Please do not upload songs protected by 3rd party copyright!
I still need to work a lot at Major to get it up to the same comfort level as minor. Continuing to try to develop use of compression and the new Hardwire CM2 pedal together. Playing the PRS (again).
Oh Gee Major - improv
Oh Gee Major.mp3 - (4.76 MiB)
Having said that you pulled it off and to boot over a very hard backing track to keep going for that long without running out of ideas. Well done.
"I'm So Lonesome I Don't Even Have Me No Friend, I've Done So Much Crying Will I Ever Laugh Again" - Peter Green
I find it so great that people can find a way with a BT, i tray a lot but some how is so hard to find a pad.
Is there a theorie that yoy use, or is it just coming up and play?
well it a ...
Great peace of work...
I do know what you mean on the minor v major Mike, and there does seem to be less opportunities for bends that work in the major. I did (and still do) find minor much easier to play improv on - and my attempts at major key on real blues stuff are awful. I am glad to hear you say I managed to sustain the improv OK - I did try this BT around 18 months ago, but couldn't find enough variations in what I could play on the guitar and had to break it up / create some variation with vocals. Guess I must still be learning new tricks.MikeJackal wrote:You can bend just about every note in minor but it sounds terrible if you try in major.
Having said that you pulled it off and to boot over a very hard backing track to keep going for that long without running out of ideas.
I can't really say there's much method to what I play. It's really just finding which scale or scales sound best with the BT and then playing it by ear - trying to hear melodies in my head and trying to let my brain tell my fingers what to play to get those notes. That's a process that's a lot less than 100% success rate!! With this BT a particular trick I found that I liked was that open G and open D strings at the right time were giving some really nice resonances - helped by the extra sustain from the compressor. A touch of a drone sort of effect - a bit like you might get from the Scottish pipes swirling in full flow.2WheelsOfBlues wrote:Is there a theorie that yoy use, or is it just coming up and play?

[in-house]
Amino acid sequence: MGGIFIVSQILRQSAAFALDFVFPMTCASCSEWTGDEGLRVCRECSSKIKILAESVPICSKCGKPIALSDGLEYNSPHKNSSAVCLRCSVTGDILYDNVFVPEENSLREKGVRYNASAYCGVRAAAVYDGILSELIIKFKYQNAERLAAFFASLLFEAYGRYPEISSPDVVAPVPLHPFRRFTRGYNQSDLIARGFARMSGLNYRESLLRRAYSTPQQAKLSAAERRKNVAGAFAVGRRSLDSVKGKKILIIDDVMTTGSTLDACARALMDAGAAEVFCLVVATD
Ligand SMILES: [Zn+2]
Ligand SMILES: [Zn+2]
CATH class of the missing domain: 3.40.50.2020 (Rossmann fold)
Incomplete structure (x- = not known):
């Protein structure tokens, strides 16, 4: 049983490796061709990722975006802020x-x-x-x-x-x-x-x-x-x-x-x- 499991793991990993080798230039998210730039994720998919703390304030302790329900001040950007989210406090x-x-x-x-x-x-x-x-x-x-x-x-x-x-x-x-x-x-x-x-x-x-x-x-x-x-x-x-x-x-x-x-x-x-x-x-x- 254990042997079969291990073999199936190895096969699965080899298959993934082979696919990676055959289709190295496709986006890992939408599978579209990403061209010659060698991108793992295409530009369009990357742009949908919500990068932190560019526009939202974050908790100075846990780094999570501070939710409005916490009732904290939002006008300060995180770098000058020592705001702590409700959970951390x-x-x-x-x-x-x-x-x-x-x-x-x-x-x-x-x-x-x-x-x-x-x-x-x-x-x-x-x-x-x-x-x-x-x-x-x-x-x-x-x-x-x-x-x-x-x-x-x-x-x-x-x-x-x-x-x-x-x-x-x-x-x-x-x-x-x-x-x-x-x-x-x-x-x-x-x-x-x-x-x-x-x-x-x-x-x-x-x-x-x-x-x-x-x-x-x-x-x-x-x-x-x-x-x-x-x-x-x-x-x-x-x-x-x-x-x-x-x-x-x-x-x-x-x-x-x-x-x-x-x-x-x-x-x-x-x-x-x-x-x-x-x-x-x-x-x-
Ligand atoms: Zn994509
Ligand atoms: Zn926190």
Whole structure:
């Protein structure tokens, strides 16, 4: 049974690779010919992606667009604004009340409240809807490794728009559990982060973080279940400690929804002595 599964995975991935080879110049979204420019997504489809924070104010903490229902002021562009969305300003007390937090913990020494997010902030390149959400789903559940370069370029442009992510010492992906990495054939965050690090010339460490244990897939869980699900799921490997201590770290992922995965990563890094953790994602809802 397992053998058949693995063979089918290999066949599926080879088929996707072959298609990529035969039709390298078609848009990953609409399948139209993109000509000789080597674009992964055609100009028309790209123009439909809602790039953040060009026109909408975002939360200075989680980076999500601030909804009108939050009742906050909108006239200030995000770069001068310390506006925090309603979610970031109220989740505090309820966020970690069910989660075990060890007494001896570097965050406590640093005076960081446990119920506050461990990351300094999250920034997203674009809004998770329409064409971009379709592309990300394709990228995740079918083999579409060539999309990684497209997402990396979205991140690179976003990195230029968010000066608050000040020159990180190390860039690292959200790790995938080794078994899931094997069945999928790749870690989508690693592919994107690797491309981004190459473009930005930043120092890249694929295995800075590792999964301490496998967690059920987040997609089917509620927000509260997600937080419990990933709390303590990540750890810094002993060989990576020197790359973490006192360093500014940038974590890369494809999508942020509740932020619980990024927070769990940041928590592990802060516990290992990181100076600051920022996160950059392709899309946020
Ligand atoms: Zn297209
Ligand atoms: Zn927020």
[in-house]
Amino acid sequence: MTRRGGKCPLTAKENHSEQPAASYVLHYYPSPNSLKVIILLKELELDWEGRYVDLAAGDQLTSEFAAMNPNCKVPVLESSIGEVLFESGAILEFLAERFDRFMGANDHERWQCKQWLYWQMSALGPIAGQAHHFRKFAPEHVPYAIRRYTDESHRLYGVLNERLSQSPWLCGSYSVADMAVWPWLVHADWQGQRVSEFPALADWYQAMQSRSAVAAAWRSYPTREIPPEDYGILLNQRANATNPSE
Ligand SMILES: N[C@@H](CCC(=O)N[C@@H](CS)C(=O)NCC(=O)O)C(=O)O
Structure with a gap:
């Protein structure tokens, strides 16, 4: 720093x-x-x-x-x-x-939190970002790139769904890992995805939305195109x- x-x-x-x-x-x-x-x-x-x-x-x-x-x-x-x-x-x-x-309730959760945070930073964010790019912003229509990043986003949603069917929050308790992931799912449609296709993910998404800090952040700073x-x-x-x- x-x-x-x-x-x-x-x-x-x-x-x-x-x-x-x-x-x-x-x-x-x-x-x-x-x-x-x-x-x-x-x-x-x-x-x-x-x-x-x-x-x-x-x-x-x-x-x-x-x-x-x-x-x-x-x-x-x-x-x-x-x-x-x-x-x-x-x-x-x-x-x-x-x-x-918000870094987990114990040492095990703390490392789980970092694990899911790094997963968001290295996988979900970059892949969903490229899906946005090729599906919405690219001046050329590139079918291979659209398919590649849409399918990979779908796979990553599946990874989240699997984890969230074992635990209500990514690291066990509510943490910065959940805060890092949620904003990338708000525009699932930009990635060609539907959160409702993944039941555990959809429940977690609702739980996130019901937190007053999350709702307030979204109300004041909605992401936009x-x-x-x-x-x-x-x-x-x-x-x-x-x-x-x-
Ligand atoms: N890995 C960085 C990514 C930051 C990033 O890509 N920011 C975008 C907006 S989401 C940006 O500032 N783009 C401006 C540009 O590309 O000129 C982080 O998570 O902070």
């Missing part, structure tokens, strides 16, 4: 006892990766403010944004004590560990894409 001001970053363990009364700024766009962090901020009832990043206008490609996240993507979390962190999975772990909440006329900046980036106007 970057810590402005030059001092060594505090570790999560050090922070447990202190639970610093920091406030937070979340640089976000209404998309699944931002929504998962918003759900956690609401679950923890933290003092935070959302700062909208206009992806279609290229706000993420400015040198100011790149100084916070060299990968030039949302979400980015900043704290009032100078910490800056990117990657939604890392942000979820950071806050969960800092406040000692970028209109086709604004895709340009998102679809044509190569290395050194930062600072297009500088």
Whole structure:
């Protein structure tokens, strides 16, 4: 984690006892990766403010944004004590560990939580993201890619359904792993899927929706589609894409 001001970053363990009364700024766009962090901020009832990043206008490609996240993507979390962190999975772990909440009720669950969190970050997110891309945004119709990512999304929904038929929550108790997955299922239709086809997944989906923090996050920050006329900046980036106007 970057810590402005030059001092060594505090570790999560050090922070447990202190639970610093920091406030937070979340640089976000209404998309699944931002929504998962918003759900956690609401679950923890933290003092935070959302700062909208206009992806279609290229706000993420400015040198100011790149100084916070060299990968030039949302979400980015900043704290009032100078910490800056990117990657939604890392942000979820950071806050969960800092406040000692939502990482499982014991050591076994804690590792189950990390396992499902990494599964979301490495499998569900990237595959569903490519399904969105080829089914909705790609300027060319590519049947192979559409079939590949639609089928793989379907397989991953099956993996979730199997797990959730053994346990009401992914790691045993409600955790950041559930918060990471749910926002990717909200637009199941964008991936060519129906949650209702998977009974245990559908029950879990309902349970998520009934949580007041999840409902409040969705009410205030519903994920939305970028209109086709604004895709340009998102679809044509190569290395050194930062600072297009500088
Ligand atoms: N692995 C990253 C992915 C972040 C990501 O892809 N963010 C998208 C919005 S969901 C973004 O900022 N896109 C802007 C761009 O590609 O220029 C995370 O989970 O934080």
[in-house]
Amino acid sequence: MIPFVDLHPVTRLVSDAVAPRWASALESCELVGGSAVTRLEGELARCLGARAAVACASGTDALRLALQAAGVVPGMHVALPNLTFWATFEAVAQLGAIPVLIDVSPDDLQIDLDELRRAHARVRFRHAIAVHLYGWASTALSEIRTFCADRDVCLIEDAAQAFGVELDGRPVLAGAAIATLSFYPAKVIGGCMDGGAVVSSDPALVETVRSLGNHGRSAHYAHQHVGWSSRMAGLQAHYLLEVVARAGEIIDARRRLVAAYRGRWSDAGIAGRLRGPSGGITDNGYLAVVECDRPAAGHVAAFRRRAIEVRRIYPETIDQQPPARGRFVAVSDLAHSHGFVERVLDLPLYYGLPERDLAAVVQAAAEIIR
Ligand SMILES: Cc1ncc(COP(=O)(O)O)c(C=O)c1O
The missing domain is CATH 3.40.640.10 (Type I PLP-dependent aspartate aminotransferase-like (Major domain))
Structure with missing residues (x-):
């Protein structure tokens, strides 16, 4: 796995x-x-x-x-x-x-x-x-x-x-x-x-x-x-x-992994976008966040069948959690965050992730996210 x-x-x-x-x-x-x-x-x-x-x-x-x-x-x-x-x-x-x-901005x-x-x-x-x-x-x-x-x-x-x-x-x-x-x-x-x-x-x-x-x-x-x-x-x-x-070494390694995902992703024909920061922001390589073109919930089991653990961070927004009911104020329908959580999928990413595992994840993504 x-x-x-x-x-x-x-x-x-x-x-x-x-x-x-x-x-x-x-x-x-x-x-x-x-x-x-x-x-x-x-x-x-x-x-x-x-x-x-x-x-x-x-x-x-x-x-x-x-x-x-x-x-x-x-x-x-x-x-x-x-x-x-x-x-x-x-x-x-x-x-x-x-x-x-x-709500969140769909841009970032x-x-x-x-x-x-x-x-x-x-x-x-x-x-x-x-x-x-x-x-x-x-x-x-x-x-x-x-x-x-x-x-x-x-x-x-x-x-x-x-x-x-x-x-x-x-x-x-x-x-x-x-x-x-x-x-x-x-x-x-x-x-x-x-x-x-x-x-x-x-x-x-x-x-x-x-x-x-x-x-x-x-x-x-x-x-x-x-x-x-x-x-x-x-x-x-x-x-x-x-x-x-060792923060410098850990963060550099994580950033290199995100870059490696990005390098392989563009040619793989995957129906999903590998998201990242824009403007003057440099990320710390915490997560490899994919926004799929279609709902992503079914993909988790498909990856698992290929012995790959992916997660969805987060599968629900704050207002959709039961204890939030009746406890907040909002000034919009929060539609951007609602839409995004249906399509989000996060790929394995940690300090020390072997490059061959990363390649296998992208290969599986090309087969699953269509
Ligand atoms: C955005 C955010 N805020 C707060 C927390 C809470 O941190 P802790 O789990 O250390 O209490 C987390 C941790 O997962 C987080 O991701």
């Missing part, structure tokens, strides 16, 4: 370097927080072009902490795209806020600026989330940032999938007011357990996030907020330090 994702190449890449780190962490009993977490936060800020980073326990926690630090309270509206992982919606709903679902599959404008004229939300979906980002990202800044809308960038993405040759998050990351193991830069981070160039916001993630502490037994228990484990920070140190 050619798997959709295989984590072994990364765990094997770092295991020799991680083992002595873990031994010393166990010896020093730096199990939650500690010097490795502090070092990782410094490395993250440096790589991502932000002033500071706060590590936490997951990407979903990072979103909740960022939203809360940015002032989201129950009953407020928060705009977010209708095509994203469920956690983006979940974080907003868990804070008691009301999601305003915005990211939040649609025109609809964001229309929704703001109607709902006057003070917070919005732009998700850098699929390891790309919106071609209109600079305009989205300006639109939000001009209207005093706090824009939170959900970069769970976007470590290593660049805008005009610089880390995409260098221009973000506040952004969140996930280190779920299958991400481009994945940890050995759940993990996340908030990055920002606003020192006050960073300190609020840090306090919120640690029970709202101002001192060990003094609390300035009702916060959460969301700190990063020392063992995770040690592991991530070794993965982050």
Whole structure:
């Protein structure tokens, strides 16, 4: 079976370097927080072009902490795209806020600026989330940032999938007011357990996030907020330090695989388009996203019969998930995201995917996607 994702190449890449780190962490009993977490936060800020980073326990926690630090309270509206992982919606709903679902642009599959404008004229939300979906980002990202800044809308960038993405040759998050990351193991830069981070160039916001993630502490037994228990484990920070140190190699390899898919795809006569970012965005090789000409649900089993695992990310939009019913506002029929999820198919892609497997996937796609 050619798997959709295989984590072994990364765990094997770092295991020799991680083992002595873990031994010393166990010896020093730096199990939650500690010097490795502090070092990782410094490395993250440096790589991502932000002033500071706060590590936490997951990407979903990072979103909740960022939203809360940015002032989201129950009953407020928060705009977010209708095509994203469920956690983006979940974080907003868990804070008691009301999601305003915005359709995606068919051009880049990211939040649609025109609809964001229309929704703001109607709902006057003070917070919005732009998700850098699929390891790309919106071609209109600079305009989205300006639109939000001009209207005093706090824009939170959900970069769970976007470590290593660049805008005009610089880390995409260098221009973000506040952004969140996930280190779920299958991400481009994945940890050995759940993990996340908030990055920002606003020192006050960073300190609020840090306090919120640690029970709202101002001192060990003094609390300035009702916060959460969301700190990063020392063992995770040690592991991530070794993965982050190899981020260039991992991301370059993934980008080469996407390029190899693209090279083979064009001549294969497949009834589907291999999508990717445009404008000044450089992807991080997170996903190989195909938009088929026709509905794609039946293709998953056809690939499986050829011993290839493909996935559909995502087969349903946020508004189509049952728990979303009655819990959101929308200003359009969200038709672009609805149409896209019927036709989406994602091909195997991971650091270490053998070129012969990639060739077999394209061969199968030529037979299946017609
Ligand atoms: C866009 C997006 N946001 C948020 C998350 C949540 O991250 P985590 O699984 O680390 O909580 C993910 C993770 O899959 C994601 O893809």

" A blues guitarist plays 3 chords in front of thousands of people.......a Jazz guitarist plays thousands of chords in front of 3 people"
When the backing is as repetitive as this and has so few chords the note choices become a major priority - glad the note choices worked for you tytl - I think they make or break the improv on this BT.
"Feel the flow" is great advice - it's ALWAYS a good idea to pay attention to advice from HBL. Sometimes the notes do just flow and it's a bit like you, the guitar, the gear and the BT all become one sort of life form. I wish it would happen more often, but I'm very happy it does sometimes happen. And yes ... it does happen more often the more I practice and play. Like Lee Trevino said (and said by Arnold Palmer and Gary Player and many other golfers) to the interviewer who asked him about his good luck in chipping in to the hole from off the green so often in a tournament - "the more I practice the luckier I get".2WheelsOfBlues wrote:Feel the flow, thats what HBL olways tell me, but then it stays so difficult.
Then again, practice makes beter playing i gess...
I've finally managed to find a compression and overdrive pedal that work well together for me and I'm liking the sounds from them. Though they're sensitive to which guitar I'm using and I've only got that sound working right with the PRS so far - but I'm most often playing that guitar just now.HalfBlindLefty wrote:and a great guitar sound to.